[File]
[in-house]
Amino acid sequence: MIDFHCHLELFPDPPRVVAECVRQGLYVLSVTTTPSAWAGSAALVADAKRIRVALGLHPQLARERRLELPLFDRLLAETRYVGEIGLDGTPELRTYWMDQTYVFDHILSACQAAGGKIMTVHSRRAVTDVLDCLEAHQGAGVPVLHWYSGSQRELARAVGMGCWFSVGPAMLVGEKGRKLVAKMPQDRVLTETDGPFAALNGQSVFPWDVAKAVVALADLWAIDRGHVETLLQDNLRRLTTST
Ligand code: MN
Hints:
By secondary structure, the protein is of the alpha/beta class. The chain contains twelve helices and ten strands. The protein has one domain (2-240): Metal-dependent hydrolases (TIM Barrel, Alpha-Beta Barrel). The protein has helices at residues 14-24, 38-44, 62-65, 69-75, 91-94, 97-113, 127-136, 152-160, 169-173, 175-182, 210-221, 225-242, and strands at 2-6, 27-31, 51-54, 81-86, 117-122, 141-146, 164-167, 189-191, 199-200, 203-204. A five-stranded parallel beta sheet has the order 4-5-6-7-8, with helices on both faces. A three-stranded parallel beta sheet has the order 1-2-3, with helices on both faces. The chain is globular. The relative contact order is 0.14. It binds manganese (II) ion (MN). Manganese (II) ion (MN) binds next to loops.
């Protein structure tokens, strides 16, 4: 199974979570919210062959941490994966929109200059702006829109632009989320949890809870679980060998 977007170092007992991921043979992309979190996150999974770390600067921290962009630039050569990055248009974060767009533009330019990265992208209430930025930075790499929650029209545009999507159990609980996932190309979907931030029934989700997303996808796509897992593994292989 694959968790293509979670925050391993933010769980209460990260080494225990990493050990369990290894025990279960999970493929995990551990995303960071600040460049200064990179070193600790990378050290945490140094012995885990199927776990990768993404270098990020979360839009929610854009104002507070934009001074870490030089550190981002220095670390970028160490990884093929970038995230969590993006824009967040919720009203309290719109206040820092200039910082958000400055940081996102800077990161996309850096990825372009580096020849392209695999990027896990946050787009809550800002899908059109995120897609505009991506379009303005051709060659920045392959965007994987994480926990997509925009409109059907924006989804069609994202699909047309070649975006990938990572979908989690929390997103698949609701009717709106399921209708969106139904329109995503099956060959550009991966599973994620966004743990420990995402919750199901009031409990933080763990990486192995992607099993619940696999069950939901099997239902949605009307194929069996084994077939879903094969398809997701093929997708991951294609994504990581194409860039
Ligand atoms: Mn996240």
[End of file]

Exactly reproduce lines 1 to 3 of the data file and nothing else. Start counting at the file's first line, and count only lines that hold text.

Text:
[in-house]
Amino acid sequence: MIDFHCHLELFPDPPRVVAECVRQGLYVLSVTTTPSAWAGSAALVADAKRIRVALGLHPQLARERRLELPLFDRLLAETRYVGEIGLDGTPELRTYWMDQTYVFDHILSACQAAGGKIMTVHSRRAVTDVLDCLEAHQGAGVPVLHWYSGSQRELARAVGMGCWFSVGPAMLVGEKGRKLVAKMPQDRVLTETDGPFAALNGQSVFPWDVAKAVVALADLWAIDRGHVETLLQDNLRRLTTST
Ligand code: MN